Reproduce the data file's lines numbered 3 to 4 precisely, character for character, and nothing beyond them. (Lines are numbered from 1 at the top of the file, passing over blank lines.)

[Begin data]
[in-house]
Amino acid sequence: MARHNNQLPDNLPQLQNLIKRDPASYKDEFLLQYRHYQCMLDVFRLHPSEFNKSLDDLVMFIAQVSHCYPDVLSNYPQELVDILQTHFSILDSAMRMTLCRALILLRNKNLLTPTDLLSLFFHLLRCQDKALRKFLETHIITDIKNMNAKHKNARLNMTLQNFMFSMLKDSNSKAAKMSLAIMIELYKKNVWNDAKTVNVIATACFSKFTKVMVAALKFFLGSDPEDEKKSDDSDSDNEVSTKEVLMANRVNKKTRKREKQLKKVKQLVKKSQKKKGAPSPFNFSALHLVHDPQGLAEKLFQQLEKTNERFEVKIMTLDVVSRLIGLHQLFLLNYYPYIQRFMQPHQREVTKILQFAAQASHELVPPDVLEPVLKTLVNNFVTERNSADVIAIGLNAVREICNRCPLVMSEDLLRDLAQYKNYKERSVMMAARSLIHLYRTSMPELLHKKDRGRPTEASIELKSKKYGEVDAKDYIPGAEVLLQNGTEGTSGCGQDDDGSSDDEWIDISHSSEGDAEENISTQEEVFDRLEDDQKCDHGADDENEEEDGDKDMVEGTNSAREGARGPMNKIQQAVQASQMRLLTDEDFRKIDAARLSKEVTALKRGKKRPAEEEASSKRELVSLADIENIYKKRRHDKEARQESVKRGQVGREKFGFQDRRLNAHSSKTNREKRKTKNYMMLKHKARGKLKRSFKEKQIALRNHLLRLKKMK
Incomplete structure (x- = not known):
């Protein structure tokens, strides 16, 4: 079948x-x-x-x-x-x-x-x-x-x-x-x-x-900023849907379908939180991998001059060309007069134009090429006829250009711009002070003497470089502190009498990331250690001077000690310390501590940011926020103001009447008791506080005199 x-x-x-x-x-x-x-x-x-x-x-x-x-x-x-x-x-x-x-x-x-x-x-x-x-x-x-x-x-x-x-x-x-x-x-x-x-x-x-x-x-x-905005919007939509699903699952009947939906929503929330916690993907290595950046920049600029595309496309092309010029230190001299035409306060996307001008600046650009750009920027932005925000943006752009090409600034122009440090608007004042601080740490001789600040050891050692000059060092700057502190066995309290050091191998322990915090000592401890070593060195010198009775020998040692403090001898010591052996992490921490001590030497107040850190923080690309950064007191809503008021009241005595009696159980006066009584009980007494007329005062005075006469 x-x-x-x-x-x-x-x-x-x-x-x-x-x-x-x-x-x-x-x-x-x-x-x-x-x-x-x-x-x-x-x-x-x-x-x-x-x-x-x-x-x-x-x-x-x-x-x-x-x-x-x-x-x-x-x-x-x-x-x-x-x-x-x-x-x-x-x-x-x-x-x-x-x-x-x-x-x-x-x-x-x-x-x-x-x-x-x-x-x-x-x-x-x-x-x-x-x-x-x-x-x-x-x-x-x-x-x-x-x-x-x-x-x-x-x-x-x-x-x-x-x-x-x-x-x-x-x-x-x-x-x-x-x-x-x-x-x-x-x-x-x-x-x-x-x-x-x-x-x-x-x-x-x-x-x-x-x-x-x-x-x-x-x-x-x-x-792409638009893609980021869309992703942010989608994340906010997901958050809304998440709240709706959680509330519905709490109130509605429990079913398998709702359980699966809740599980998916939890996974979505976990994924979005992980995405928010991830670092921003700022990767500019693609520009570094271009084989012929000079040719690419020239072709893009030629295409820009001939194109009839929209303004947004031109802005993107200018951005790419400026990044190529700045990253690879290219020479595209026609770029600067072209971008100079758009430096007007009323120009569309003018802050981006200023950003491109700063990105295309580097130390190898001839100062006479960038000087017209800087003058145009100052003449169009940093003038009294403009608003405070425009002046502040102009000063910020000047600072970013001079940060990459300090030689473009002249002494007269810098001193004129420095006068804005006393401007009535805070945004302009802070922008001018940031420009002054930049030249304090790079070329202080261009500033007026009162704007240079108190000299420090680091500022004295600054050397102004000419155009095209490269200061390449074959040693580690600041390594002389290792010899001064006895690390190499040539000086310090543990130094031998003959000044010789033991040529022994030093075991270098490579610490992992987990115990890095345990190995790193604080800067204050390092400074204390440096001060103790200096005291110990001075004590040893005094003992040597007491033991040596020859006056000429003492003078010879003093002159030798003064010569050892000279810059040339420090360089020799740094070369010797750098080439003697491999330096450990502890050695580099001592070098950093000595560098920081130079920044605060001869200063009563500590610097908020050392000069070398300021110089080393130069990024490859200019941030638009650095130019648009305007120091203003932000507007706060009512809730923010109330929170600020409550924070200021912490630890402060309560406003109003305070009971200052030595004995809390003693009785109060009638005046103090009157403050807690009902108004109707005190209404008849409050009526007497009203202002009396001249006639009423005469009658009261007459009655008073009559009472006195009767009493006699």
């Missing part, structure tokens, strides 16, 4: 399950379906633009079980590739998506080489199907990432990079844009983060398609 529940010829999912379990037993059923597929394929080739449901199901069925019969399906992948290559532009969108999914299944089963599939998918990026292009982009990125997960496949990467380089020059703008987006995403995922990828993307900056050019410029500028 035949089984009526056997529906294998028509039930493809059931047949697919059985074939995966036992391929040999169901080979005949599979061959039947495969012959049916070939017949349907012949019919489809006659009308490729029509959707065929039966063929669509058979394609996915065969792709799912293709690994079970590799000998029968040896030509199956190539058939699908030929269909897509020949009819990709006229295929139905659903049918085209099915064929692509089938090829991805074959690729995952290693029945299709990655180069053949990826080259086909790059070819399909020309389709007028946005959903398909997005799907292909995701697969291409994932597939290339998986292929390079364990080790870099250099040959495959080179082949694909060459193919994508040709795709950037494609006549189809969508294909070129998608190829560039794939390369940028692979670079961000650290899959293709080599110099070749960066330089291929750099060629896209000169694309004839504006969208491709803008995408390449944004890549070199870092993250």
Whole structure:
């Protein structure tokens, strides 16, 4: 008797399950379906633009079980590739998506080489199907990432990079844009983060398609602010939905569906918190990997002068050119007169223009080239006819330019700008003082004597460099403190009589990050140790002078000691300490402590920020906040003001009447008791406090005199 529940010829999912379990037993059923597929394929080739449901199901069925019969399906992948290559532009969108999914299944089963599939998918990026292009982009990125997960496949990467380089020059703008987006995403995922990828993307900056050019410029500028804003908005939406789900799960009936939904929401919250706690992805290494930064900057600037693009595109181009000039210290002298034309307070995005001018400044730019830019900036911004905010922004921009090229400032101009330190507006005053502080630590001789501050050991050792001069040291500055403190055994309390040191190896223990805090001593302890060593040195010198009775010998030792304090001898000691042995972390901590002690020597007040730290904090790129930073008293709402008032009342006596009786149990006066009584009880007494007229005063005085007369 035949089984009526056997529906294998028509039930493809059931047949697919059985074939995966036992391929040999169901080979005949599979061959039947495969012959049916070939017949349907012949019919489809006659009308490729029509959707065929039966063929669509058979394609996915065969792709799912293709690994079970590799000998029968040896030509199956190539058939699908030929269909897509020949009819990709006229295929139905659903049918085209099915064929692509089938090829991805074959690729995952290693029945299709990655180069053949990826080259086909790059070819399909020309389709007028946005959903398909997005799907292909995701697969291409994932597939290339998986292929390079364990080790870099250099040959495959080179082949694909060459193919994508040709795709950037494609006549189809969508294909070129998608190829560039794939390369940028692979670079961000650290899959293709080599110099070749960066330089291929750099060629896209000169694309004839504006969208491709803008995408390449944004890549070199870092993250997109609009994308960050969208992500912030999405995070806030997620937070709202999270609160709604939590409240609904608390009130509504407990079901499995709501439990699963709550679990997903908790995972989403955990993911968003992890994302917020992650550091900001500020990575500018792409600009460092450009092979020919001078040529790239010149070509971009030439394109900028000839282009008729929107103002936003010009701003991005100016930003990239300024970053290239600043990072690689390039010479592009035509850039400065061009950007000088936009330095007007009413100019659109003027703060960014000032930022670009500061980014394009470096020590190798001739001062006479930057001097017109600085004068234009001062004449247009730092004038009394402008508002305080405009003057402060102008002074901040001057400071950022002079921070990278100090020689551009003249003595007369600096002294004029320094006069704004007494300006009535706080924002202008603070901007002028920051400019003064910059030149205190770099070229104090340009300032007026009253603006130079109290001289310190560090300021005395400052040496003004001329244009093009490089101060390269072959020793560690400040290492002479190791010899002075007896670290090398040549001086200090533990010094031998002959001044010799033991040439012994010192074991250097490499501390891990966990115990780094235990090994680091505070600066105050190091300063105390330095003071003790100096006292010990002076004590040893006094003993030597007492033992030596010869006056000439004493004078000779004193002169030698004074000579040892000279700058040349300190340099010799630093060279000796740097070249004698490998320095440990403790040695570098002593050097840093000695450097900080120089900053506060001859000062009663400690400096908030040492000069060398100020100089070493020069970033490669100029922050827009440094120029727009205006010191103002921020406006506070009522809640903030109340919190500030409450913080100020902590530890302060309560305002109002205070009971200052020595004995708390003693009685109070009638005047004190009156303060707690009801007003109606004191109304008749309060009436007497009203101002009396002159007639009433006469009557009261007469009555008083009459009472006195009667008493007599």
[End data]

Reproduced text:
Incomplete structure (x- = not known):
């Protein structure tokens, strides 16, 4: 079948x-x-x-x-x-x-x-x-x-x-x-x-x-900023849907379908939180991998001059060309007069134009090429006829250009711009002070003497470089502190009498990331250690001077000690310390501590940011926020103001009447008791506080005199 x-x-x-x-x-x-x-x-x-x-x-x-x-x-x-x-x-x-x-x-x-x-x-x-x-x-x-x-x-x-x-x-x-x-x-x-x-x-x-x-x-x-905005919007939509699903699952009947939906929503929330916690993907290595950046920049600029595309496309092309010029230190001299035409306060996307001008600046650009750009920027932005925000943006752009090409600034122009440090608007004042601080740490001789600040050891050692000059060092700057502190066995309290050091191998322990915090000592401890070593060195010198009775020998040692403090001898010591052996992490921490001590030497107040850190923080690309950064007191809503008021009241005595009696159980006066009584009980007494007329005062005075006469 x-x-x-x-x-x-x-x-x-x-x-x-x-x-x-x-x-x-x-x-x-x-x-x-x-x-x-x-x-x-x-x-x-x-x-x-x-x-x-x-x-x-x-x-x-x-x-x-x-x-x-x-x-x-x-x-x-x-x-x-x-x-x-x-x-x-x-x-x-x-x-x-x-x-x-x-x-x-x-x-x-x-x-x-x-x-x-x-x-x-x-x-x-x-x-x-x-x-x-x-x-x-x-x-x-x-x-x-x-x-x-x-x-x-x-x-x-x-x-x-x-x-x-x-x-x-x-x-x-x-x-x-x-x-x-x-x-x-x-x-x-x-x-x-x-x-x-x-x-x-x-x-x-x-x-x-x-x-x-x-x-x-x-x-x-x-x-792409638009893609980021869309992703942010989608994340906010997901958050809304998440709240709706959680509330519905709490109130509605429990079913398998709702359980699966809740599980998916939890996974979505976990994924979005992980995405928010991830670092921003700022990767500019693609520009570094271009084989012929000079040719690419020239072709893009030629295409820009001939194109009839929209303004947004031109802005993107200018951005790419400026990044190529700045990253690879290219020479595209026609770029600067072209971008100079758009430096007007009323120009569309003018802050981006200023950003491109700063990105295309580097130390190898001839100062006479960038000087017209800087003058145009100052003449169009940093003038009294403009608003405070425009002046502040102009000063910020000047600072970013001079940060990459300090030689473009002249002494007269810098001193004129420095006068804005006393401007009535805070945004302009802070922008001018940031420009002054930049030249304090790079070329202080261009500033007026009162704007240079108190000299420090680091500022004295600054050397102004000419155009095209490269200061390449074959040693580690600041390594002389290792010899001064006895690390190499040539000086310090543990130094031998003959000044010789033991040529022994030093075991270098490579610490992992987990115990890095345990190995790193604080800067204050390092400074204390440096001060103790200096005291110990001075004590040893005094003992040597007491033991040596020859006056000429003492003078010879003093002159030798003064010569050892000279810059040339420090360089020799740094070369010797750098080439003697491999330096450990502890050695580099001592070098950093000595560098920081130079920044605060001869200063009563500590610097908020050392000069070398300021110089080393130069990024490859200019941030638009650095130019648009305007120091203003932000507007706060009512809730923010109330929170600020409550924070200021912490630890402060309560406003109003305070009971200052030595004995809390003693009785109060009638005046103090009157403050807690009902108004109707005190209404008849409050009526007497009203202002009396001249006639009423005469009658009261007459009655008073009559009472006195009767009493006699």